The power of frontal midline theta and post‐error slowing to predict performance recovery: Evidence for compensatory mechanisms

The power of frontal midline theta and post‐error slowing to predict performance recovery:... Past studies utilizing cognitive control tasks have noted that trials following errors are characterized by slowed reaction time. Despite the assumption long held by researchers that this slowing is compensatory (in the service of post‐error performance recovery), studies consistently show that post‐error trials are no more accurate than post‐correct trials. As a result, it has recently been proposed that post‐error slowing (PES) is merely part of an orienting response that serves no task‐relevant cognitive control purpose. Frontal midline theta (FMθ) oscillations represent another potential compensatory mechanism serving cognitive control processes, yet past studies relying on ERPs have failed to find an association between FMθ and post‐error accuracy. The present study investigated the potentially adaptive role of PES and FMθ oscillations during a flanker task using trial‐by‐trial comparisons. Results indicated that error‐related FMθ oscillations signal the need for enhanced top‐down cognitive control and that PES supports cognitive control by providing the added time needed to achieve greater confidence in judgment. Overall, findings provide convergent evidence that both error‐related FMθ and PES predict performance recovery following errors. http://www.deepdyve.com/assets/images/DeepDyve-Logo-lg.png Psychophysiology Wiley

The power of frontal midline theta and post‐error slowing to predict performance recovery: Evidence for compensatory mechanisms

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Publisher
Wiley Subscription Services, Inc., A Wiley Company
Copyright
© 2018 Society for Psychophysiological Research
ISSN
0048-5772
eISSN
1469-8986
D.O.I.
10.1111/psyp.13010
Publisher site
See Article on Publisher Site

Abstract

Past studies utilizing cognitive control tasks have noted that trials following errors are characterized by slowed reaction time. Despite the assumption long held by researchers that this slowing is compensatory (in the service of post‐error performance recovery), studies consistently show that post‐error trials are no more accurate than post‐correct trials. As a result, it has recently been proposed that post‐error slowing (PES) is merely part of an orienting response that serves no task‐relevant cognitive control purpose. Frontal midline theta (FMθ) oscillations represent another potential compensatory mechanism serving cognitive control processes, yet past studies relying on ERPs have failed to find an association between FMθ and post‐error accuracy. The present study investigated the potentially adaptive role of PES and FMθ oscillations during a flanker task using trial‐by‐trial comparisons. Results indicated that error‐related FMθ oscillations signal the need for enhanced top‐down cognitive control and that PES supports cognitive control by providing the added time needed to achieve greater confidence in judgment. Overall, findings provide convergent evidence that both error‐related FMθ and PES predict performance recovery following errors.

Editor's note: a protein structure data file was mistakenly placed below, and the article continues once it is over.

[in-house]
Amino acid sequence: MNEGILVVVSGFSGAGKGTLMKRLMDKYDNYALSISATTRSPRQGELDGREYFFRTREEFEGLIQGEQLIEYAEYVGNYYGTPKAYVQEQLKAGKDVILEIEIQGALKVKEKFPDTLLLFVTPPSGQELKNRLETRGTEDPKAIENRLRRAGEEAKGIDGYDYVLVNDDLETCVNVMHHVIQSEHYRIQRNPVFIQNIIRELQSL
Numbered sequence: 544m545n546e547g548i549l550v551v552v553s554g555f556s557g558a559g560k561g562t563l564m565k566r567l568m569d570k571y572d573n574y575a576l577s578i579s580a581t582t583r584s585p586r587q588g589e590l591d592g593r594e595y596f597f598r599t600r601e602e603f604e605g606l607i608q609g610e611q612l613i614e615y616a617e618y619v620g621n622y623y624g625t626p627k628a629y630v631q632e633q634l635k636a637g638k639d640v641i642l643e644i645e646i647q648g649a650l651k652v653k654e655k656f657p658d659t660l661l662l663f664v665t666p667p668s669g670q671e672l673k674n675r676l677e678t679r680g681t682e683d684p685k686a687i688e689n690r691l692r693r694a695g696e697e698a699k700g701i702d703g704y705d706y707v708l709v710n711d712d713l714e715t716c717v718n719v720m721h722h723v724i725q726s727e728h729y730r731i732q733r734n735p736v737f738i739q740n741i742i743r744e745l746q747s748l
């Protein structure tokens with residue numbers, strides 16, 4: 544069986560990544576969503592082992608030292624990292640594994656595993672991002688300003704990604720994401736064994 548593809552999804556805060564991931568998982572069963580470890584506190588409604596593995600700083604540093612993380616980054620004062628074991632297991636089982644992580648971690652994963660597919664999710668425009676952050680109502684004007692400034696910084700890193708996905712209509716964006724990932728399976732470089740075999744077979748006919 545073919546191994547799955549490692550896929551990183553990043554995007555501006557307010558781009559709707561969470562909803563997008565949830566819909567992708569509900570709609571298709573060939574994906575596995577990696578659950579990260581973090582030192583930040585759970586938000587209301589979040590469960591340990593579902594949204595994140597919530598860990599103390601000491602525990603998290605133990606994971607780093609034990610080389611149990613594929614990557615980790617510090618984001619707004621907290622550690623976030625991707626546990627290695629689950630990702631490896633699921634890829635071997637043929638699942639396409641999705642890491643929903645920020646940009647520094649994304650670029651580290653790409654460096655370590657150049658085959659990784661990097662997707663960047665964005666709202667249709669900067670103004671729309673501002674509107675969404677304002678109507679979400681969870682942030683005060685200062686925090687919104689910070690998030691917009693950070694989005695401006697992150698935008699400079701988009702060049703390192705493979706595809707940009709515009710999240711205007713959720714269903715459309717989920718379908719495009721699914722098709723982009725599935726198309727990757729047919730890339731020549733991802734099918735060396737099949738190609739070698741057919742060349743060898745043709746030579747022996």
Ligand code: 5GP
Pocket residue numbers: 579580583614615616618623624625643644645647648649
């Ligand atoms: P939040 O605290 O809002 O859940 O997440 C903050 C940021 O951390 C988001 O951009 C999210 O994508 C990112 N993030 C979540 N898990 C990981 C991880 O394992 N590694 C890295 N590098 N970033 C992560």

Journal

PsychophysiologyWiley

Published: Jan 1, 2018

Keywords: ; ; ; ; ;

References

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